Abstract

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Background
Keywords
Findings
Authors
What is already known on this subject?
What does this study add?

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Background

Studies suggest that colorectal cancer incidence increased disproportionately among the Aboriginal population of Ontario relative to the general population. Using an ecological approach, this study examined colorectal cancer incidence for the 1998-to-2009 period among Aboriginal people living in Ontario.

Data and methods

Based on their postal code when they were diagnosed, cases of colorectal cancer identified from the Ontario Cancer Registry were assigned to census geographic areas with high (33% or more) or low percentages of Aboriginal identity residents, using the Postal Code Conversion File Plus (PCCF+). To account for potential misclassification by the PCCF+, Indian reserves for which assignment through postal codes is likely to be accurate were identified. Age-standardized incidence rates and rate ratios were calculated to compare colorectal cancer incidence in high-Aboriginal identity areas or on Indian reserves with incidence in low-Aboriginal identity areas.

Results

Colorectal cancer incidence was significantly higher for residents of high- versus low-Aboriginal identity areas in Ontario (rate ratio for men = 1.44, 95% CI = 1.26-1.63; rate ratio for women = 1.42, 95% CI = 1.23-1.63), a disparity that persisted by age group. When the Aboriginal sample was limited to residents of Indian reserves, the difference was statistically significant only for men and for people aged 50 to 74.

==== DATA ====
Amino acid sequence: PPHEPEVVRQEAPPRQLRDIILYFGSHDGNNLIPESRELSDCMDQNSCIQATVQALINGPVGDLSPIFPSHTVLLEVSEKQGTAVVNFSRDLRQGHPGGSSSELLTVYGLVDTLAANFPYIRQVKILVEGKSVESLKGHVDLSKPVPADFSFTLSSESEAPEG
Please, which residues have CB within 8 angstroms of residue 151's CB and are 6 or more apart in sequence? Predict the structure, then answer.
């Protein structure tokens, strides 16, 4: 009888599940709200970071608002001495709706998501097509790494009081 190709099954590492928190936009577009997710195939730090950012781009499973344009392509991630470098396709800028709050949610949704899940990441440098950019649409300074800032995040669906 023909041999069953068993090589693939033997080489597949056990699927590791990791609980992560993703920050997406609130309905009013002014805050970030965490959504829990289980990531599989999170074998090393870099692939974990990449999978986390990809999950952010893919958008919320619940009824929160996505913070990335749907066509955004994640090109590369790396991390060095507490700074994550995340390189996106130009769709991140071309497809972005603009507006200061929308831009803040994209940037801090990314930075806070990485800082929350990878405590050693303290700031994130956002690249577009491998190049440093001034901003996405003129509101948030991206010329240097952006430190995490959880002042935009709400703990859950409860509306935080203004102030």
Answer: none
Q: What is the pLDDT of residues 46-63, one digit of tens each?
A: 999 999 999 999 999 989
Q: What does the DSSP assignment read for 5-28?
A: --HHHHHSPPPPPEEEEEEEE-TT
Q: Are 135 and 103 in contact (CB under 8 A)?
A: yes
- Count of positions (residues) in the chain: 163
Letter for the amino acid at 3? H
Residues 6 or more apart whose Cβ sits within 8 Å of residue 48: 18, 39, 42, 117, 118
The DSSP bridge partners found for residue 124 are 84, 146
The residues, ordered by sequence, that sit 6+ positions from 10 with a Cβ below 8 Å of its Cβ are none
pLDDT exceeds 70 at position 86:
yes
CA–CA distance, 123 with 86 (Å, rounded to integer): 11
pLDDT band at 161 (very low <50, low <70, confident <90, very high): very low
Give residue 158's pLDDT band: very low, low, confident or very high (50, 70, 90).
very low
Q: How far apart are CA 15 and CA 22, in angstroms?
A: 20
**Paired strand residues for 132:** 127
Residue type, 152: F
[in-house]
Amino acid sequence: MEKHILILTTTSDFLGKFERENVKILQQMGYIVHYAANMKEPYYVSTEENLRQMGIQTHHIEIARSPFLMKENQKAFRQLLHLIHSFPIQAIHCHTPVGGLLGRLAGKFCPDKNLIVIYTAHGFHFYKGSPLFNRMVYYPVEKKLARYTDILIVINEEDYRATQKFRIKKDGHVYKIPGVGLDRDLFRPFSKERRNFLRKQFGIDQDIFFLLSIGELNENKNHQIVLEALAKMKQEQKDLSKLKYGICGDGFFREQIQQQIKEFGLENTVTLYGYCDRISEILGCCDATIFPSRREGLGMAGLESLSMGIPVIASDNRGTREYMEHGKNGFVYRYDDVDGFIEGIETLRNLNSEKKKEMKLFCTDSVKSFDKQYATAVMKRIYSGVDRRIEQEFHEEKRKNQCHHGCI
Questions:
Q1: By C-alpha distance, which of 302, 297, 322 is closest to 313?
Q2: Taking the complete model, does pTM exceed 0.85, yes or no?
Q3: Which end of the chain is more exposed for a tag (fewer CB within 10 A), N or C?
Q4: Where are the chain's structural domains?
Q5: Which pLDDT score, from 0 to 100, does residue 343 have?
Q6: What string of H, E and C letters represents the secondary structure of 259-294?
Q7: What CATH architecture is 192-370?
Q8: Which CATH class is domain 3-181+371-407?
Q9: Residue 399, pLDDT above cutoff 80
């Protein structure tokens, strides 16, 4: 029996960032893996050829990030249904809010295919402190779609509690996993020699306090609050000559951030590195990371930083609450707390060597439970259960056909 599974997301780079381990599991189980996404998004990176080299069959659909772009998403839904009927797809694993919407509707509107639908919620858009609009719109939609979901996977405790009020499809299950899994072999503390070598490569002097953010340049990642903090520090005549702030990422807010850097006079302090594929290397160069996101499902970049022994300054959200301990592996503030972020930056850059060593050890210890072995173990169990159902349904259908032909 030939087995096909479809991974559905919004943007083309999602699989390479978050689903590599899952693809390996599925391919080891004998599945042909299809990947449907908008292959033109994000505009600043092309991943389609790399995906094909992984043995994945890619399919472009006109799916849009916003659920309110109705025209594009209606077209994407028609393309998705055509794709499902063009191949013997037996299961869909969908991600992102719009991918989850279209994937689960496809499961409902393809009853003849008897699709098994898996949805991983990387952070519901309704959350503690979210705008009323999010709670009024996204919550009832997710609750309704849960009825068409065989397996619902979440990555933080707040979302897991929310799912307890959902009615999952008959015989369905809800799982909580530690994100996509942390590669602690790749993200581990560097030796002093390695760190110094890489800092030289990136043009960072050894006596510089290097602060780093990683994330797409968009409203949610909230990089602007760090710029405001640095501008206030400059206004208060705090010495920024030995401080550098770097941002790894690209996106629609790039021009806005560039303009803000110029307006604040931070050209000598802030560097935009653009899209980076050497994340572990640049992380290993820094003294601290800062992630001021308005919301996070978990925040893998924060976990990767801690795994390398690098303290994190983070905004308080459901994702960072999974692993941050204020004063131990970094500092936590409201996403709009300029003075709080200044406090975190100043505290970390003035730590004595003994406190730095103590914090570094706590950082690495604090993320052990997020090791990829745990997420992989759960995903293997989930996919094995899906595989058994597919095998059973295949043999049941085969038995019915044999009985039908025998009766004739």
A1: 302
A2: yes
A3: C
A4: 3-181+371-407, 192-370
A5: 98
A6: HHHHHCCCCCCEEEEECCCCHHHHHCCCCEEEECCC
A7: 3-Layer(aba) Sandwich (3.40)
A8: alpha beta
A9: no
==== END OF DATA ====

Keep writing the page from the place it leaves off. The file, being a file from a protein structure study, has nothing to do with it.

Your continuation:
Interpretation

The incidence of colorectal cancer differs across areas of Ontario with high and low percentages of Aboriginal identity residents.

Keywords

Data linkage, ecological studies, First Nations health

Findings

Colorectal cancer is the third most commonly diagnosed cancer, and the second leading cause of cancer death in Canada. Because Aboriginal identity or ancestry (ethnicity) is not routinely captured in cancer registries and mortality databases, little is known about colorectal cancer morbidity and mortality among Aboriginal people. [Full Text]

Authors

Stephanie W. Young (Stephanie.Young@cancercare.on.ca), E. Diane Nishri, Elisa Candido and Loraine D. Marrett are with Prevention and Cancer Control, Cancer Care Ontario, Toronto, Ontario. Loraine D. Marrett is also with the University of Toronto, Toronto, Ontario.

What is already known on this subject?

  • Colorectal cancer is the third most commonly diagnosed cancer and the second leading cause of cancer death in Canada.
  • Studies suggest that colorectal cancer incidence is increasing more rapidly in the Aboriginal population than in the general population.
  • The incidence of colorectal cancer among Aboriginal people in Ontario cannot be routinely monitored because the Ontario Cancer Registry does not collect information on Aboriginal identity or ethnicity.

What does this study adds?

  • Colorectal cancer incidence was significantly higher in areas of Ontario with a high percentage (33% or more) of residents who self-identified as being an Aboriginal person, compared with areas with a low percentage of Aboriginal identity residents.
  • To account for potential misclassification by PCCF+’s population-weighted random assignment, Indian reserves, for which the accuracy of case assignment through postal codes is high, were used to examine health outcomes for a subgroup of First Nations people.
  • Although colorectal cancer incidence among residents of reserves was lower than among residents of high-Aboriginal identity areas, rates for men and for people aged 50 to 74 were significantly higher compared with those in low-Aboriginal identity areas.
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